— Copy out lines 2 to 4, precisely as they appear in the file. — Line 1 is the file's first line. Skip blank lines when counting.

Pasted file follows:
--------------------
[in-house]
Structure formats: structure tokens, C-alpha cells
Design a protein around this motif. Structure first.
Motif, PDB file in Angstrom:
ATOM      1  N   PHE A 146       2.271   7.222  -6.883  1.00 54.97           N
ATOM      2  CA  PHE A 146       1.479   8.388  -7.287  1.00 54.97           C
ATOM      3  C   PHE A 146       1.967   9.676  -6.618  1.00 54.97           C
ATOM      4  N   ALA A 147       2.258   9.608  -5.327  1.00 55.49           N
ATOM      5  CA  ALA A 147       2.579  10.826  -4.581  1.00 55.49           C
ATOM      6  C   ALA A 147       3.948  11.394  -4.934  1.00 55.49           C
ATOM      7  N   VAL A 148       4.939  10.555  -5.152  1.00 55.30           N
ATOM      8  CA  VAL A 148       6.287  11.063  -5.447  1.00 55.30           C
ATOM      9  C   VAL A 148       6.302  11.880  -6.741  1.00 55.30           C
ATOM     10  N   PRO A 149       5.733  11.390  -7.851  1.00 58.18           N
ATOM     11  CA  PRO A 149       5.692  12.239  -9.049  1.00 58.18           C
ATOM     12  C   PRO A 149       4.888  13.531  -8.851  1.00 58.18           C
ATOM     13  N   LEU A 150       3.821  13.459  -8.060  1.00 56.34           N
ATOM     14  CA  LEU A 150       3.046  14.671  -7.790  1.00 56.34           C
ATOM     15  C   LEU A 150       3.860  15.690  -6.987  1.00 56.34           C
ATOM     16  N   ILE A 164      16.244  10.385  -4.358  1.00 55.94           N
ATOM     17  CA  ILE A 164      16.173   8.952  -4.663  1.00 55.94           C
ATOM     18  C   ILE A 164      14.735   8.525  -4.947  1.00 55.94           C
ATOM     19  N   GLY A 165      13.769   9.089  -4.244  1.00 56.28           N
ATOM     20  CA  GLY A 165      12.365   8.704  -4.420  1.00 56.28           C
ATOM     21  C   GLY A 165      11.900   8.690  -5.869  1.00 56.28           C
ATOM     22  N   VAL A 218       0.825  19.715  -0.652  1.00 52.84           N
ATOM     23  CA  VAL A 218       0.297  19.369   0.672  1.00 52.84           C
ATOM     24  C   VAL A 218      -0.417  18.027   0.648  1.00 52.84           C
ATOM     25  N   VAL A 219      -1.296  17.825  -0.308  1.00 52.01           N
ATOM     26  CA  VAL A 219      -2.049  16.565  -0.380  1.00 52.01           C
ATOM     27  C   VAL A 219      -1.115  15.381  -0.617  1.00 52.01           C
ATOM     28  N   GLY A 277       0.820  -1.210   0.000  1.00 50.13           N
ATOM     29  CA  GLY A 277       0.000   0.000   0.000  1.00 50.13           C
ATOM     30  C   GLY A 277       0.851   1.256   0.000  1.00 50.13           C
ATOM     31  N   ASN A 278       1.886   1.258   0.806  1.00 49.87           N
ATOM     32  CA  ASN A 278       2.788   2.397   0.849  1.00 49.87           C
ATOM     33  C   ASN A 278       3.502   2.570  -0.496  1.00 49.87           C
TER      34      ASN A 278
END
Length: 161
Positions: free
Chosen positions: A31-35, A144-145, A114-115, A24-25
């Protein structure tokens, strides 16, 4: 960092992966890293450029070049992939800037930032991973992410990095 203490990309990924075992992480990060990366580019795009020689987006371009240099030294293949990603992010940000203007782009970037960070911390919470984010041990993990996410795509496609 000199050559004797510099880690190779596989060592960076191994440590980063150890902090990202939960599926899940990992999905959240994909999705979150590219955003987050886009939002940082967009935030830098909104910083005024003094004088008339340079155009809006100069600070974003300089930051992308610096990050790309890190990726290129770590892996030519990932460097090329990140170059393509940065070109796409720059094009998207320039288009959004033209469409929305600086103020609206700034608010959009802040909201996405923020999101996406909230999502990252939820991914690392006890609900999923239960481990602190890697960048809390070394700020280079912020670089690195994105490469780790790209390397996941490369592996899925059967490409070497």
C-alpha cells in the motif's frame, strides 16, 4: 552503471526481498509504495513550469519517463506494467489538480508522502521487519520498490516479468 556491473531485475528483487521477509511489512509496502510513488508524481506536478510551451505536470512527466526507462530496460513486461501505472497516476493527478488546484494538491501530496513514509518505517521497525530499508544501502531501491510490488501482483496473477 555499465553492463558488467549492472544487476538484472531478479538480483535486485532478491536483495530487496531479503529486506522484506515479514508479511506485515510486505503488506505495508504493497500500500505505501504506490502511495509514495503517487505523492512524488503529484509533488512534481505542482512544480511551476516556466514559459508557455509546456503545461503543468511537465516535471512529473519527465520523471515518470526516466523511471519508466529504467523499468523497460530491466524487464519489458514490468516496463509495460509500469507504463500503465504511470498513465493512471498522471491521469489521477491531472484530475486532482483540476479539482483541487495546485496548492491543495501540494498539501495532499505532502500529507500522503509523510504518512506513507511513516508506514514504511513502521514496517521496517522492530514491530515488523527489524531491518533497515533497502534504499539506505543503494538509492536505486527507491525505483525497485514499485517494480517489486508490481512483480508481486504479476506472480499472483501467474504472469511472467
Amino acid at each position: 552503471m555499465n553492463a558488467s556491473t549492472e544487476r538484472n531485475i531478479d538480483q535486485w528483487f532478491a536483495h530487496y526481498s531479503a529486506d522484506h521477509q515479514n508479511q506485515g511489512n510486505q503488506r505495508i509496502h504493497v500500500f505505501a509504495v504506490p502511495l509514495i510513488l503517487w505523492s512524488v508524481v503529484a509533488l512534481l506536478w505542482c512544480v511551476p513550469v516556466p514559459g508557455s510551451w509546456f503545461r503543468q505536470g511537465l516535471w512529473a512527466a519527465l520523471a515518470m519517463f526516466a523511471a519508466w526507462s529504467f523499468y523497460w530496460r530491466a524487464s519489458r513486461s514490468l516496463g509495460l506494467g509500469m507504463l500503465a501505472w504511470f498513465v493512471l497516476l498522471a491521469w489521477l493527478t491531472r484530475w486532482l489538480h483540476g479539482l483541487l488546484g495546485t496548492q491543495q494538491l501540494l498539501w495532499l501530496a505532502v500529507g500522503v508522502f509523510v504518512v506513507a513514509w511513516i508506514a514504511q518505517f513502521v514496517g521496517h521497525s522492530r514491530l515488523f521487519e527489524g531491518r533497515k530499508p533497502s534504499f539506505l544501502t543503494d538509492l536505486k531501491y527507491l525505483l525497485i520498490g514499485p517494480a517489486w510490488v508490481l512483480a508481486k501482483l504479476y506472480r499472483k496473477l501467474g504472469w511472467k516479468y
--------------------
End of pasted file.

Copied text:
Structure formats: structure tokens, C-alpha cells
Design a protein around this motif. Structure first.
Motif, PDB file in Angstrom: